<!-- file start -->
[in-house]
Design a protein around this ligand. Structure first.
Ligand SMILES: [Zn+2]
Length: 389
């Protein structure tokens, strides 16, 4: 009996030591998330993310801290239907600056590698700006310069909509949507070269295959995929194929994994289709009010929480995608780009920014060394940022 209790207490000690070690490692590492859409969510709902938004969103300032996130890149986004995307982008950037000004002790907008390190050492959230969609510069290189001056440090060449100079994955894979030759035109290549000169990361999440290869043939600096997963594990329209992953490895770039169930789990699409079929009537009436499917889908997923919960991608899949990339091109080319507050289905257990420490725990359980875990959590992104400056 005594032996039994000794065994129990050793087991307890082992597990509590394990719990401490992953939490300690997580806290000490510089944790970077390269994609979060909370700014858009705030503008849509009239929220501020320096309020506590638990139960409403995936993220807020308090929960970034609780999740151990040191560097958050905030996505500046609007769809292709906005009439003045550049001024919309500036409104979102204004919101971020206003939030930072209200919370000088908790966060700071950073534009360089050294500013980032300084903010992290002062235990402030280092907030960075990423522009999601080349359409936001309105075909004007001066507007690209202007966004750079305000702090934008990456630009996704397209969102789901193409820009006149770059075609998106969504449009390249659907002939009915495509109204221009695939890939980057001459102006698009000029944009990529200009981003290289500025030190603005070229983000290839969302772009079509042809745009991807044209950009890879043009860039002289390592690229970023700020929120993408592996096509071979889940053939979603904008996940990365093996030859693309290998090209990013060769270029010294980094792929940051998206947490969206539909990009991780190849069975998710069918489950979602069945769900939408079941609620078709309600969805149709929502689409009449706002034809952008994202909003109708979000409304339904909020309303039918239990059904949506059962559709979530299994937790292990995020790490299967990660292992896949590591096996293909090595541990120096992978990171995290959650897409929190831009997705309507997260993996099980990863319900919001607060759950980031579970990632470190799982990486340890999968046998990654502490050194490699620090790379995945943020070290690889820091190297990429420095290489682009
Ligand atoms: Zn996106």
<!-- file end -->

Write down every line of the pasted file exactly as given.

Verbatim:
[in-house]
Design a protein around this ligand. Structure first.
Ligand SMILES: [Zn+2]
Length: 389
């Protein structure tokens, strides 16, 4: 009996030591998330993310801290239907600056590698700006310069909509949507070269295959995929194929994994289709009010929480995608780009920014060394940022 209790207490000690070690490692590492859409969510709902938004969103300032996130890149986004995307982008950037000004002790907008390190050492959230969609510069290189001056440090060449100079994955894979030759035109290549000169990361999440290869043939600096997963594990329209992953490895770039169930789990699409079929009537009436499917889908997923919960991608899949990339091109080319507050289905257990420490725990359980875990959590992104400056 005594032996039994000794065994129990050793087991307890082992597990509590394990719990401490992953939490300690997580806290000490510089944790970077390269994609979060909370700014858009705030503008849509009239929220501020320096309020506590638990139960409403995936993220807020308090929960970034609780999740151990040191560097958050905030996505500046609007769809292709906005009439003045550049001024919309500036409104979102204004919101971020206003939030930072209200919370000088908790966060700071950073534009360089050294500013980032300084903010992290002062235990402030280092907030960075990423522009999601080349359409936001309105075909004007001066507007690209202007966004750079305000702090934008990456630009996704397209969102789901193409820009006149770059075609998106969504449009390249659907002939009915495509109204221009695939890939980057001459102006698009000029944009990529200009981003290289500025030190603005070229983000290839969302772009079509042809745009991807044209950009890879043009860039002289390592690229970023700020929120993408592996096509071979889940053939979603904008996940990365093996030859693309290998090209990013060769270029010294980094792929940051998206947490969206539909990009991780190849069975998710069918489950979602069945769900939408079941609620078709309600969805149709929502689409009449706002034809952008994202909003109708979000409304339904909020309303039918239990059904949506059962559709979530299994937790292990995020790490299967990660292992896949590591096996293909090595541990120096992978990171995290959650897409929190831009997705309507997260993996099980990863319900919001607060759950980031579970990632470190799982990486340890999968046998990654502490050194490699620090790379995945943020070290690889820091190297990429420095290489682009
Ligand atoms: Zn996106």